Did a gigantic quasar have so-called sideline quasars hanging around on the fringes to block the formation of new galaxies after the older one destroyed itself? That’s the intriguing suggestion put forward this week by University of Colorado (UC) Boulder astronomers, who have been studying one of the brightest objects known to humans — an enormous quasar located some 11 billion light-years away from earth.
Michael Shull and David Syphers, who published their results this week online in the Astrophysical Journal, used a $70 million UC-designed ultraviolet spectrograph on the Hubble Space telescope to figure out happened when a supermassive black hole devoured the central core of an ancient galaxy, causing it to spew out radiation that can be detected billions of miles away.
That’s called a quasar. The 50th anniversary of their discovery by Caltech astronomer Maarten Schmidt was celebrated on Saturday. He told The Los Angeles Times that he first thought it was a star. Only later did he realize that it was actually an extremely bright object located at an almost unimaginable distance.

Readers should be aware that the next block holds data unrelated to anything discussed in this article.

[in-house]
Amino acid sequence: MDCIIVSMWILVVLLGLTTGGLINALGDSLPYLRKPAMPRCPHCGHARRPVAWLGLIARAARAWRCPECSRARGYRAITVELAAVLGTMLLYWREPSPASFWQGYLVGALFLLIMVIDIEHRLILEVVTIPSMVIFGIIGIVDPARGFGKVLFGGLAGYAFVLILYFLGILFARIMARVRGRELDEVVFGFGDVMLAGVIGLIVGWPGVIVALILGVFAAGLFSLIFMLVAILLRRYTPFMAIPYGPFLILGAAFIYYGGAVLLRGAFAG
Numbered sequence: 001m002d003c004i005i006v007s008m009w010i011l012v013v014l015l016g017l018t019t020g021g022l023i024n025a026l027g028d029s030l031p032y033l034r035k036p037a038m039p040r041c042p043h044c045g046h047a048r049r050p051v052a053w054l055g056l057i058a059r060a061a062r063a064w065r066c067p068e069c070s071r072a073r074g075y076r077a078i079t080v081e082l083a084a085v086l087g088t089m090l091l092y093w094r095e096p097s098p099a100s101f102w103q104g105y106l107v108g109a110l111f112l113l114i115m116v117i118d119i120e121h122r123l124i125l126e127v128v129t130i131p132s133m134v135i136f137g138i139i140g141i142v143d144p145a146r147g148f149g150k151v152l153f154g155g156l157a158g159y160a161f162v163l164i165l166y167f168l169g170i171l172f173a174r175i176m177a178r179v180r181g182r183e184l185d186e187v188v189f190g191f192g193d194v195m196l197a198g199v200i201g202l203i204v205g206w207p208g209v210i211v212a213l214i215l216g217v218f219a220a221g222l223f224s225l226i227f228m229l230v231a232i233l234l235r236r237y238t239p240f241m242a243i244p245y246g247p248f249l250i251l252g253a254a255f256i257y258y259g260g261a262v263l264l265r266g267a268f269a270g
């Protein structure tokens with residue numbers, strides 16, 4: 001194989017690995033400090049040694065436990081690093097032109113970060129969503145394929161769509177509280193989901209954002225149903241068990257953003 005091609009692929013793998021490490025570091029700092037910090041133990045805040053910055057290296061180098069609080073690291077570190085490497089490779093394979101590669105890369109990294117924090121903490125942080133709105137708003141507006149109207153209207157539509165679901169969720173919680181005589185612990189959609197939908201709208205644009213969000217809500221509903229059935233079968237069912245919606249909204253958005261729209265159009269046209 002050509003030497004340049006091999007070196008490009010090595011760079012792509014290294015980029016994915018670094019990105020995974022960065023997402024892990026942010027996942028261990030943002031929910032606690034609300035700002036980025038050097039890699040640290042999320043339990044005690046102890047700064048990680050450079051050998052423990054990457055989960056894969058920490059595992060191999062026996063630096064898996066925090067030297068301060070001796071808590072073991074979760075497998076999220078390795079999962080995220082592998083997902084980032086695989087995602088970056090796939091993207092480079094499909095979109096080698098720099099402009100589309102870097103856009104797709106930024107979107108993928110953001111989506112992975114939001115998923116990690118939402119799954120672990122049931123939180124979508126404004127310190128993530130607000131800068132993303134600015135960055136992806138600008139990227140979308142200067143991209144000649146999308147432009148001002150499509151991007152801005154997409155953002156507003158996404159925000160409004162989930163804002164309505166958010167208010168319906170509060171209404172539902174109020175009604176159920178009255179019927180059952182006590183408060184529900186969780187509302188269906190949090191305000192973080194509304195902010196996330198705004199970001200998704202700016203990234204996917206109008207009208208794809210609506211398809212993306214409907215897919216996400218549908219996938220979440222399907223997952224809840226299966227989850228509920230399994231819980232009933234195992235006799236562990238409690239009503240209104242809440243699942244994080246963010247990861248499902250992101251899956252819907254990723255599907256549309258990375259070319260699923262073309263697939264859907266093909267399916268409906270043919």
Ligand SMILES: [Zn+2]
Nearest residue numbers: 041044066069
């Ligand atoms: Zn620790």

By then the name quasar — short for “quasi-stellar radio source” — had stuck.
In the massive quasar studied by the UC-Boulder team, smaller sidelines quasars around the main object appear to have worked together to ionize the helium gas between galaxies. Neutral particles could have been attracted by gravity more quickly to collapse and form new galaxies. But the charged, overheated particles repelled each other, delaying the formation of new galaxies from the ruins of the old.
With the help of the sideline quasars, the gas between the galaxies could have been heated to as much as 40,000oF. Wowsers. You can see why it might take awhile to cool off and settle down.
Fortunately for us, the sideline quasars might delay but they can’t deny. Shull said that it’s possible that our Milky Way galaxy itself was once a quasar.
[artist’s rendition of a quasar courtesy NASA]